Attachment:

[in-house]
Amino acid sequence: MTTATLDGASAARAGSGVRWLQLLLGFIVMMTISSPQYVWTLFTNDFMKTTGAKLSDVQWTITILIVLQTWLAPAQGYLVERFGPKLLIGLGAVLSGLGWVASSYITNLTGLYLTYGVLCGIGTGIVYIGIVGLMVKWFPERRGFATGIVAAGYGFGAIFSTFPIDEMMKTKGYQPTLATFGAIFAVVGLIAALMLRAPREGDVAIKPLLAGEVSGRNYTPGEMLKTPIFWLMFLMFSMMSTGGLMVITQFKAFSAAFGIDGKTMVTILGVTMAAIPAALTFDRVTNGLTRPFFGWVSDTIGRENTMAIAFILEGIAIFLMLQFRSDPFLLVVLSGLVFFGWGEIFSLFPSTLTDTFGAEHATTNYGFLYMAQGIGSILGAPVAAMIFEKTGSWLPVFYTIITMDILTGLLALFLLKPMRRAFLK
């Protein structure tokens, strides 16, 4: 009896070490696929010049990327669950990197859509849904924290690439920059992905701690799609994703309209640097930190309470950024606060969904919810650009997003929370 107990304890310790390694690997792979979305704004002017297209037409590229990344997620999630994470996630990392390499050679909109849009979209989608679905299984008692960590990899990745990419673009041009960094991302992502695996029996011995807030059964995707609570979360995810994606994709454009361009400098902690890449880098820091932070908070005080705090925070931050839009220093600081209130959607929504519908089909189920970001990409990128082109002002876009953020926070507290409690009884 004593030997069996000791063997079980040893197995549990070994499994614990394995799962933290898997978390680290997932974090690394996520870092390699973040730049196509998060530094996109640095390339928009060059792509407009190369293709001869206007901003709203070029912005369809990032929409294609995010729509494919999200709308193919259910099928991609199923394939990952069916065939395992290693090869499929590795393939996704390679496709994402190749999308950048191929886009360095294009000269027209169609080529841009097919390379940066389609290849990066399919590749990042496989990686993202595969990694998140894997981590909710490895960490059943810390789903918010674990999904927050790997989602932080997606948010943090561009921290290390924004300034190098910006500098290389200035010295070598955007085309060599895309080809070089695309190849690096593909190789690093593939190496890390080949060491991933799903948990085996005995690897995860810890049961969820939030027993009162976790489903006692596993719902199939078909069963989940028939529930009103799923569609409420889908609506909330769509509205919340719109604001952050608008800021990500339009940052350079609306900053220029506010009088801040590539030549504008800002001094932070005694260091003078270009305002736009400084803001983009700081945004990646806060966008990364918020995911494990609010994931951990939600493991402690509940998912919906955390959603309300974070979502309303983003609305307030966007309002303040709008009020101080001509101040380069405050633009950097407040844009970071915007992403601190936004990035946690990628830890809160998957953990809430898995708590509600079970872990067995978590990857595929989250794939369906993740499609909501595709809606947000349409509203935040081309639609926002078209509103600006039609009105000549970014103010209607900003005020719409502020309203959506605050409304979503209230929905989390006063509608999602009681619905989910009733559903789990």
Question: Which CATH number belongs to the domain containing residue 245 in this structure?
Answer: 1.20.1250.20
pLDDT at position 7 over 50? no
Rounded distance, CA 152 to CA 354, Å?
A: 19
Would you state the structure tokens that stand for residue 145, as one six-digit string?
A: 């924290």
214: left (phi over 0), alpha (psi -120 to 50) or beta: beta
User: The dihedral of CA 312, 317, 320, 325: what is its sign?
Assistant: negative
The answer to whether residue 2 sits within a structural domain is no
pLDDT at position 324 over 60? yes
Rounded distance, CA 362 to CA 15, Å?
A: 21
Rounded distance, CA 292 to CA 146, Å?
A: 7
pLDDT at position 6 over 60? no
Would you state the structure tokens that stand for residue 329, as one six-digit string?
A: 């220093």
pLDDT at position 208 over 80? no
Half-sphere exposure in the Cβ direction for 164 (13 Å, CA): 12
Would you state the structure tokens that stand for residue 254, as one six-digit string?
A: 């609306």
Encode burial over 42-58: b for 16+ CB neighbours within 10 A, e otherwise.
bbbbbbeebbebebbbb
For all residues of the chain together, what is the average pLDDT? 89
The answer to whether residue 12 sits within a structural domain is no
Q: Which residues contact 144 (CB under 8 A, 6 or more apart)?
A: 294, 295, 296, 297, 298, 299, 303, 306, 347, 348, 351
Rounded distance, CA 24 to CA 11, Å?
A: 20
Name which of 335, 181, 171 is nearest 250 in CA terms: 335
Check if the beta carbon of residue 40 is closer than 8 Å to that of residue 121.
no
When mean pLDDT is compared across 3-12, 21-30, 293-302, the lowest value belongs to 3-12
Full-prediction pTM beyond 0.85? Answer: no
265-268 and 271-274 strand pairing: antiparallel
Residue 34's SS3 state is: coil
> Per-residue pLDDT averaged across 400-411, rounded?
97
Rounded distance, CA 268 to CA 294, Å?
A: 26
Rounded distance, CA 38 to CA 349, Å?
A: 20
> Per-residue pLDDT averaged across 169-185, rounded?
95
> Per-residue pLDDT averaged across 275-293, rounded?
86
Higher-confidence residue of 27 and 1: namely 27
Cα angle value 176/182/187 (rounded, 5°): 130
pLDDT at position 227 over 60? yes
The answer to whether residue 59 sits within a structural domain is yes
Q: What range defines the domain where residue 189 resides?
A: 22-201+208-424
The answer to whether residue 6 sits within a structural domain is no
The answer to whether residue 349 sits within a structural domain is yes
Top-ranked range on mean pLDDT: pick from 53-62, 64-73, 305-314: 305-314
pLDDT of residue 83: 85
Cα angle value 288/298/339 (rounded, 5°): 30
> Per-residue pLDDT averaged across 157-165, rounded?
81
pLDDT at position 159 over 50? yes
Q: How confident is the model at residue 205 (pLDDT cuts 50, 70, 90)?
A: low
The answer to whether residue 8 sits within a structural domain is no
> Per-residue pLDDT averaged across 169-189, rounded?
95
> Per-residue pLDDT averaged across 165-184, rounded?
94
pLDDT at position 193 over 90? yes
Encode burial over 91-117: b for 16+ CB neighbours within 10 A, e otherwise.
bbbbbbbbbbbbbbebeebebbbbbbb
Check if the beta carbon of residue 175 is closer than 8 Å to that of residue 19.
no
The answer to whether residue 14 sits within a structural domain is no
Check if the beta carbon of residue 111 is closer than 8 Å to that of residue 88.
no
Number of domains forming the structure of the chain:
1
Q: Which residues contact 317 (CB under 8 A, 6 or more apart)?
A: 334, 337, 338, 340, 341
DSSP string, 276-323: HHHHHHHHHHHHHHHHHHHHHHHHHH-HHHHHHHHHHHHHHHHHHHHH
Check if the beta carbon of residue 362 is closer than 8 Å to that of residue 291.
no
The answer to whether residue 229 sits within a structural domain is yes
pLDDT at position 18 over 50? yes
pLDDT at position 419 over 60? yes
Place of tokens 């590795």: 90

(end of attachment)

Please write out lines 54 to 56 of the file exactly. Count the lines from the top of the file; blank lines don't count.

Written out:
pLDDT at position 227 over 60? yes
The answer to whether residue 59 sits within a structural domain is yes
Q: What range defines the domain where residue 189 resides?